Examined Lives: A teenager’s long journey to mental health

By Alexa Ellenthal

My whole life it has been apparent that I am different. Some would even say that something is wrong with me.

I was a weird kid (I was highly precocious and inquisitive to the point that it was obnoxious) and my parents started taking me to a variety of specialists, mostly psychologists, and getting me tested when I was about six. At first the diagnosis was ADHD. The doctors and my parents started medicating me for it. Then they realized I had a mood disorder, too, and put me on pills for that. I remember my near-daily tantrums in first grade. I remember feeling like a zombie for most of second grade. All through elementary school they were putting me on different medication cocktails, taking me from doctor to doctor, hoping by some magic the pills would make me a normal kid or one of the doctors would be able to understand me.

shutterstock_53312143When I was nine I had my first major depressive episode. I was being severely bullied and it really got to me. I also developed insomnia. I would stay up late into the night crying, not even being sure why I was so upset. That’s when “mood disorder not otherwise specified” (MDNOS) morphed into depression in my medical records. The problem was that I was feeling impossibly sad and hollow and unmotivated, and because I was so young, I couldn’t always relay what I was experiencing in a way others could understand. That’s the problem  doctors have to try to diagnose patients based on introspective ramblings, symptoms, observations, but they only really know what their patients tell them and even then, they don’t know anything for a fact because patients might lie or omit some key details.

I was a difficult child, and not a particularly trusting one. I didn’t just open up to strangers who were being paid to listen to me and decide how to deal with me. I also didn’t understand why it was so important to talk to them. So they guessed at my condition, putting me on meds that zapped my emotions, or that made me either severely under  or significantly overweight. It was confusing and overwhelming, and by the end of middle school I’d been through at least a dozen doctors and probably just as many medicines. It’s so hard to find not only a good doctor, but also a doctor you click with. Especially as a young child, when most of them condescend to you, and even if you point out to them that you’re young, not stupid, they’ve still got you drawing pie charts of your emotions and playing with miniature Zen gardens.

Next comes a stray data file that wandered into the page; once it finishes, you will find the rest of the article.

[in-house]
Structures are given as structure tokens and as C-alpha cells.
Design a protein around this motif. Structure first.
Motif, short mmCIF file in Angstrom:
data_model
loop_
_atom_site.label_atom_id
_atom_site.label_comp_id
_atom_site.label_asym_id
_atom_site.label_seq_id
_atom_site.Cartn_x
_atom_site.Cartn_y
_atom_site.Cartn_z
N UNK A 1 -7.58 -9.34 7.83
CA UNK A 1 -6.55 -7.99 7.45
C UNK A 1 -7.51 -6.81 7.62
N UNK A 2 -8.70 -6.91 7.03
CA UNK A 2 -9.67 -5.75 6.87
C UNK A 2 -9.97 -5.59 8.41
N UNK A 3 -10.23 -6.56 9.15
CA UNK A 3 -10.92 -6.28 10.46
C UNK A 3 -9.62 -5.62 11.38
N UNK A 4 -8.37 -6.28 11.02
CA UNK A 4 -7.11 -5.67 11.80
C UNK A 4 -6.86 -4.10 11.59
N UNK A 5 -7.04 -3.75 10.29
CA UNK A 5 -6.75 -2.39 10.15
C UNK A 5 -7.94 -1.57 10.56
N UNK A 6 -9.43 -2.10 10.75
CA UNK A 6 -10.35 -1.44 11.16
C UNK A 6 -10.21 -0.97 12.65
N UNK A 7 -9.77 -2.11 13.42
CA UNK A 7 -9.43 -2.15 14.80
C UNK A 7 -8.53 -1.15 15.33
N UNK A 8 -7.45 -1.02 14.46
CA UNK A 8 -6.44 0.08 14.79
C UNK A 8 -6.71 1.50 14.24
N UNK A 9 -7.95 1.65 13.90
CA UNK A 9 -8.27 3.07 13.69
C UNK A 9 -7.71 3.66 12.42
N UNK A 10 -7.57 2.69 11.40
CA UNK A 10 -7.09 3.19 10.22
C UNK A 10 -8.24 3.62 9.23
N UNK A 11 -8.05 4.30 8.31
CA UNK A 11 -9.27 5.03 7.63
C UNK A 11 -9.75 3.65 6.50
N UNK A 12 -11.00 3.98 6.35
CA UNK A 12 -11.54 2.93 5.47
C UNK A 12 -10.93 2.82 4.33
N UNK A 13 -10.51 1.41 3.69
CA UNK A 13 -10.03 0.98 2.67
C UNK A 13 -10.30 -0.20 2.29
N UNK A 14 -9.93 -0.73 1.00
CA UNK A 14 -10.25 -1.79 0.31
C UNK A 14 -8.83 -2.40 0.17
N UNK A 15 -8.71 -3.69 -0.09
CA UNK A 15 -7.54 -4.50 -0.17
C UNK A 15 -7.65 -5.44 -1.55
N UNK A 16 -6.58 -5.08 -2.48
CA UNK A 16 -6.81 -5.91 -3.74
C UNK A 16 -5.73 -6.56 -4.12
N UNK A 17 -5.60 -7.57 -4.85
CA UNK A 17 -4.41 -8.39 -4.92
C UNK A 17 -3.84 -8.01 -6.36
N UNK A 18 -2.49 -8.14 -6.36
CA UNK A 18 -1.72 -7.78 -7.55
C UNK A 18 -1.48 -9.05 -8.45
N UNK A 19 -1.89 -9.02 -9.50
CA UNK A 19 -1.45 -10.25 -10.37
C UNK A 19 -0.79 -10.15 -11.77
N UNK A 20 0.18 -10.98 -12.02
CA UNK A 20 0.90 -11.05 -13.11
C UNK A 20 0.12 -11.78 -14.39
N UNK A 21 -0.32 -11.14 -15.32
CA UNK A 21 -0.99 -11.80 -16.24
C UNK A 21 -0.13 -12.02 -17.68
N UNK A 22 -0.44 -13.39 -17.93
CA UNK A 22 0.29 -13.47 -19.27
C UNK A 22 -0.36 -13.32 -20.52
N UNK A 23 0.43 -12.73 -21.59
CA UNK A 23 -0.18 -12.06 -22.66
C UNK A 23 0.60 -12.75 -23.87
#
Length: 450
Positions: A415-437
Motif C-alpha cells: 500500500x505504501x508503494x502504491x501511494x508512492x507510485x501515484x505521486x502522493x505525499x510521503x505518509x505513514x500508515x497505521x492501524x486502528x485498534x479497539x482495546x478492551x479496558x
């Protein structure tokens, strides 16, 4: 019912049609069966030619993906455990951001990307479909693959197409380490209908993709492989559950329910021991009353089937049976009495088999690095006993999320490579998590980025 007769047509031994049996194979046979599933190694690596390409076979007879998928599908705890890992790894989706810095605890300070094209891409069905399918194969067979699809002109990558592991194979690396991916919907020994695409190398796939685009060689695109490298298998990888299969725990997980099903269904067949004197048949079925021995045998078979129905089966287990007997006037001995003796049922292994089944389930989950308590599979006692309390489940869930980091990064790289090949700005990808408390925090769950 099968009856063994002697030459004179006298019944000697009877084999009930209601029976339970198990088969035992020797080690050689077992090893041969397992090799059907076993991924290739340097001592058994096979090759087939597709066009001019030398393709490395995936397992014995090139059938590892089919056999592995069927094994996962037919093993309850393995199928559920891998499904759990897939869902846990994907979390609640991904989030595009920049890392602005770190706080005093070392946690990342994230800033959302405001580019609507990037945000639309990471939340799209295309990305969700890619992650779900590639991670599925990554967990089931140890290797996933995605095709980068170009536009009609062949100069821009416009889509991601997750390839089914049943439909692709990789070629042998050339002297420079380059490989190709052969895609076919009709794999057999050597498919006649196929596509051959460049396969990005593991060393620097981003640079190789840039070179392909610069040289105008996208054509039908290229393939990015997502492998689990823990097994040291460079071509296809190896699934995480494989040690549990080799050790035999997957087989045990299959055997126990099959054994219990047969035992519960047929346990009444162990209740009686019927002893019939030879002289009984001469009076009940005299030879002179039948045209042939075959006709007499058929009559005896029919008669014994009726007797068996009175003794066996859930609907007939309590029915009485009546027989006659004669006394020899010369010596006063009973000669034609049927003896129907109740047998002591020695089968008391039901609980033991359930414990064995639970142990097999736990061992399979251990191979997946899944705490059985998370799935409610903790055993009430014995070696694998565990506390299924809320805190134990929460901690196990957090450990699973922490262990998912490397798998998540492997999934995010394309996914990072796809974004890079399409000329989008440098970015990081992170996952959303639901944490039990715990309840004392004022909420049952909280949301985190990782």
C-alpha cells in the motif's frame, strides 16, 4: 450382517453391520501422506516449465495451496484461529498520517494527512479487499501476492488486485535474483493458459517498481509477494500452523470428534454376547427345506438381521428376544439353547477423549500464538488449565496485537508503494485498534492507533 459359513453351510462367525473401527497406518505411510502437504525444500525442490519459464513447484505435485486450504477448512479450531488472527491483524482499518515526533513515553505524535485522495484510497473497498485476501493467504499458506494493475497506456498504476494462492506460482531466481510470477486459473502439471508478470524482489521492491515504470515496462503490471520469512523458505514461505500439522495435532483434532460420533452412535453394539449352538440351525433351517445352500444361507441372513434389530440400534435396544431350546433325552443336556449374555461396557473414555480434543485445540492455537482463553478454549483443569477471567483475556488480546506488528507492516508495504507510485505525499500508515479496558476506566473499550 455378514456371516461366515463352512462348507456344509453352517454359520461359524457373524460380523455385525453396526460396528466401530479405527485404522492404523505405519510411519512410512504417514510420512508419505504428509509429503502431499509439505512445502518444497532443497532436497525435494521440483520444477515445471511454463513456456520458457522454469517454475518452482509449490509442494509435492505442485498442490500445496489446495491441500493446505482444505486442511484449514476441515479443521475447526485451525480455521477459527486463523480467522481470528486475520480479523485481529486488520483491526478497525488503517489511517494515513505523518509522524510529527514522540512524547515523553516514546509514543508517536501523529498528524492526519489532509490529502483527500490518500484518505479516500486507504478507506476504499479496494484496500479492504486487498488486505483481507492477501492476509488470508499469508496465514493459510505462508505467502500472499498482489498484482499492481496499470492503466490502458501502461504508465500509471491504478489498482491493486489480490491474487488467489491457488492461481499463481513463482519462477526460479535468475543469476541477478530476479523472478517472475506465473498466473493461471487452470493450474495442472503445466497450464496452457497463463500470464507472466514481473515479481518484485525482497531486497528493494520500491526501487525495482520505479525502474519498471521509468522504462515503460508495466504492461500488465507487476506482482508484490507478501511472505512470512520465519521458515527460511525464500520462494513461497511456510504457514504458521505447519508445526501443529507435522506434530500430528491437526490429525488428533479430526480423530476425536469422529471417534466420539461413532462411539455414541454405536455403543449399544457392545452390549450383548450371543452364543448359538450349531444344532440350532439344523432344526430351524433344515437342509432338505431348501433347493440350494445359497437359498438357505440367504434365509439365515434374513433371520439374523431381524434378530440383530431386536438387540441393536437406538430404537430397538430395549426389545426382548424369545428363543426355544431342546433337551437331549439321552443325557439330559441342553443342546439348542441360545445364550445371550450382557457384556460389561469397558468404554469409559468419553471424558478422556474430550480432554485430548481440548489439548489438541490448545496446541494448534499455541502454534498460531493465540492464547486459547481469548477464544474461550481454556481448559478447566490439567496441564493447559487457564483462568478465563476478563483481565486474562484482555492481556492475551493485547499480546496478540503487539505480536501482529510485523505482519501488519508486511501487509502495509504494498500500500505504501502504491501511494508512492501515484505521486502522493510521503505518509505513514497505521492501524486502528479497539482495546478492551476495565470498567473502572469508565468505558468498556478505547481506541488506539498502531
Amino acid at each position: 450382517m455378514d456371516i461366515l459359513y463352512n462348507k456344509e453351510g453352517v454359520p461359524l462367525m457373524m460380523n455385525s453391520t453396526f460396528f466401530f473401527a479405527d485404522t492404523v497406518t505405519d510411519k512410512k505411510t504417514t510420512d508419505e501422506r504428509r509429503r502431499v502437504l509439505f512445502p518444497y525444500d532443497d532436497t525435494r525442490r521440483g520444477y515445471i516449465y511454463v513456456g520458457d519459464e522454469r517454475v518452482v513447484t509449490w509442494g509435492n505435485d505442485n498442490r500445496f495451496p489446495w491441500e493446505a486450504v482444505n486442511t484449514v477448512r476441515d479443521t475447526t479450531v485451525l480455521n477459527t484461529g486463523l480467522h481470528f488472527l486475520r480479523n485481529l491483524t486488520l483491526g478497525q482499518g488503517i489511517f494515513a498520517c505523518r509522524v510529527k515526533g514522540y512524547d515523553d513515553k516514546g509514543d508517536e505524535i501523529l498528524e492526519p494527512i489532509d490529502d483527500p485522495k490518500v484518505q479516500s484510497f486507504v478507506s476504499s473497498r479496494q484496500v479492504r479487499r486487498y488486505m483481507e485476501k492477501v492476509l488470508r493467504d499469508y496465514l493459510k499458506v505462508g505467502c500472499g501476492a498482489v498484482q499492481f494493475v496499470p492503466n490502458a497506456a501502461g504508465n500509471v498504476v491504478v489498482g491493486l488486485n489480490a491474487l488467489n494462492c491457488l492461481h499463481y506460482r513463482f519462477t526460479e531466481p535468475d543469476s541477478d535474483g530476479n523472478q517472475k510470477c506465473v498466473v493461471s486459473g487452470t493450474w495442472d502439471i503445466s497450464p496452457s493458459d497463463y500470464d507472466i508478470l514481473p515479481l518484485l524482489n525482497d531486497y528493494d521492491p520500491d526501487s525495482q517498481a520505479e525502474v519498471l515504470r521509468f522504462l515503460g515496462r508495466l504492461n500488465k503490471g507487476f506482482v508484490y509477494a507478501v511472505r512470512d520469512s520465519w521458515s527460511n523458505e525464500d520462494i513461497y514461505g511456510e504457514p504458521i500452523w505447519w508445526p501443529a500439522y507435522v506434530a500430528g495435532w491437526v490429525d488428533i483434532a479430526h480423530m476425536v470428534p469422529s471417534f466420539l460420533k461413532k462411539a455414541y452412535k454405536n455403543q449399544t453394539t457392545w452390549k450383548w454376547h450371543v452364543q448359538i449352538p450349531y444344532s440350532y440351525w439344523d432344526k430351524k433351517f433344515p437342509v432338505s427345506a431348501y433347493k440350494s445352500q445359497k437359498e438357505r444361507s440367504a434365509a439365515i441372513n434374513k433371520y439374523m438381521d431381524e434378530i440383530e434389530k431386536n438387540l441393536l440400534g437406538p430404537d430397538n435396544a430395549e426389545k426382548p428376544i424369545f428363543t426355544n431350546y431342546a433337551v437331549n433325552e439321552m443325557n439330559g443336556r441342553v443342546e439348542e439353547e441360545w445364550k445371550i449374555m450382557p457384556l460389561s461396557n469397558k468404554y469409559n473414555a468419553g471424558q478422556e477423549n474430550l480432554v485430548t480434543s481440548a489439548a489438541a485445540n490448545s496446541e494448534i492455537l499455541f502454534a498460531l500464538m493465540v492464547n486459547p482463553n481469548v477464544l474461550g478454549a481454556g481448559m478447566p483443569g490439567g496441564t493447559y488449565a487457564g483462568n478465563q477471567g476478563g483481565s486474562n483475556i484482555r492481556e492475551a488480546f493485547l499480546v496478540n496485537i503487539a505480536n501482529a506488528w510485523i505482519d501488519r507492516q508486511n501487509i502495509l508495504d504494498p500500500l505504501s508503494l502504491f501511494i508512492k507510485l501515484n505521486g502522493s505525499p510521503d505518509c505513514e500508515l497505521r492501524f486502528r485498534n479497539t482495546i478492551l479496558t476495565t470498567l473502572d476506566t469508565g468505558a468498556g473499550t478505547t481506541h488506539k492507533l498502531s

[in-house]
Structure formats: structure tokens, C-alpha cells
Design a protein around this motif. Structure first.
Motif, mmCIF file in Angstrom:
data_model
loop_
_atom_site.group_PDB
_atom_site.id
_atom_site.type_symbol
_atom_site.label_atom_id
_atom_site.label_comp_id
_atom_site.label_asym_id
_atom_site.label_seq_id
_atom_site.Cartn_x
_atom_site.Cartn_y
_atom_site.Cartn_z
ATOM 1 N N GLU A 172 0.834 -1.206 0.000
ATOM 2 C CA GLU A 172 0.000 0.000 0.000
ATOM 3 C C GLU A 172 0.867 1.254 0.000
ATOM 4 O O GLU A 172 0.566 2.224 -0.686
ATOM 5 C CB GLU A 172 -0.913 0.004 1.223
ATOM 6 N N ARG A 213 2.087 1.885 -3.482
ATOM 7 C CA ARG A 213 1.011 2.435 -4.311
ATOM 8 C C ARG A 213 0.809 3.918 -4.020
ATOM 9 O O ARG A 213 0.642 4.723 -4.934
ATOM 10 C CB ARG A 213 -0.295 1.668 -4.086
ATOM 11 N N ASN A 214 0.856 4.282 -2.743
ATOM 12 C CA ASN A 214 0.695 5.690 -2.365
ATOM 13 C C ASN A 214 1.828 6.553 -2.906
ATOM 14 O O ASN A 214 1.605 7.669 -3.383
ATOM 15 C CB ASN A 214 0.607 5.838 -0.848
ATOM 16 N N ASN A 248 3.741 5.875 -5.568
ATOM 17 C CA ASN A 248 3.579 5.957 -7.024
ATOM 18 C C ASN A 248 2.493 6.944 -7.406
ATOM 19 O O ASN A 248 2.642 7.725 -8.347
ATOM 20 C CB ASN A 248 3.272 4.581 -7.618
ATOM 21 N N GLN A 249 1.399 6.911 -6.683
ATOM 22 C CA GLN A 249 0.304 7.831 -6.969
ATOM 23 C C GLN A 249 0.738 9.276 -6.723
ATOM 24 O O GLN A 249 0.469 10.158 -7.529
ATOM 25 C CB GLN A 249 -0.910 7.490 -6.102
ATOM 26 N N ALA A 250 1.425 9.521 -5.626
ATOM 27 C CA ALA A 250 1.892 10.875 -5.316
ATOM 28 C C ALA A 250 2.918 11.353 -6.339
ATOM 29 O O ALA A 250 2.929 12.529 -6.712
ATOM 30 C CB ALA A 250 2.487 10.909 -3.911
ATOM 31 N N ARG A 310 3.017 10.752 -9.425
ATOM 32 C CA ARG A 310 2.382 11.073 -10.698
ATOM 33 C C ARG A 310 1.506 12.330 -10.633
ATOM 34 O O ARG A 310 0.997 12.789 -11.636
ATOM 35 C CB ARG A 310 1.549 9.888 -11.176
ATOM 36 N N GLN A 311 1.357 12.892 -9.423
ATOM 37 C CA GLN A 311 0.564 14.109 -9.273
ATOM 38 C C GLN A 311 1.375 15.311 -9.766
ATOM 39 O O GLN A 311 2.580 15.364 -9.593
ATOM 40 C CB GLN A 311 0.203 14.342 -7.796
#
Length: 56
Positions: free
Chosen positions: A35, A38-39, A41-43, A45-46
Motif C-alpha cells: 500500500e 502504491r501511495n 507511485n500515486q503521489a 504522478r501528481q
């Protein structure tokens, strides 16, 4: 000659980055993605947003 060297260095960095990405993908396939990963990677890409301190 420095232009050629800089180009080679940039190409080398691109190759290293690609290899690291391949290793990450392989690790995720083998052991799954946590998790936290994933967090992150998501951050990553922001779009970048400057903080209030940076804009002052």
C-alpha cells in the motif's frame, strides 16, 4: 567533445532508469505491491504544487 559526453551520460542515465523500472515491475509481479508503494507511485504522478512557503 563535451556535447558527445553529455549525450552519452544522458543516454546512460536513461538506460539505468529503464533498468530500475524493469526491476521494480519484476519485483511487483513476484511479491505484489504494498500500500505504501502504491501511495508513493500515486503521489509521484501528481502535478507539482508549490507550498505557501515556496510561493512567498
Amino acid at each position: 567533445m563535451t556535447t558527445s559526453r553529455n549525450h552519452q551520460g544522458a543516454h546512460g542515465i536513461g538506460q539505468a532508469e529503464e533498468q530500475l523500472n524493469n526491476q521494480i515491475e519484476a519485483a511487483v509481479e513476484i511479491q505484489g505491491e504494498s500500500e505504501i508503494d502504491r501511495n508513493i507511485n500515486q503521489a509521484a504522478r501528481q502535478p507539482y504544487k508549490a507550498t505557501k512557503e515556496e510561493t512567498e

-1I had developed severe body image issues due to med-induced weight fluctuations and my self-esteem was frighteningly low due to the bullying I endured daily, as I had been since kindergarten. Elementary school aged children are like lemmings; if one walks off the cliff, the rest follow; and if one picks on the bossy, weird, nerdy girl then the rest do the same. I started reading a lot of books about eating disorders and visiting websites like sixbillionsecrets and learning about self-injury and other such horrors. When high school rolled around, I got really stressed and my own practices of self-injury began. I used thumbtacks and paper clips to hurt myself, and I starved and binged and tried to purge but nothing ever came up. Things got worse.

The real depression hit, though, around late fall of my sophomore year in high school. I was seeing a psychologist whom I liked, but I never let her see how bad of a place I was in. She threw in a couple more diagnoses to my ever-expanding list: Anxiety and obsessive-compulsive disorder (OCD). As a nervous compulsion, I started pinching my skin, leaving ugly, moon-shaped scabs and scars. I started missing a lot of school and trying to lose myself into other worlds and lives, sleeping a lot (for the dreams) and reading a lot of love stories (for the happy endings) and watching a lot of emotional TV shows (to feel something). My grades slipped and so did my façade of happiness. My peers began to notice that something wasn’t right with me, my friends were always asking what was wrong, and my parents, who had been under the impression that I was recovered, started noticing my symptoms.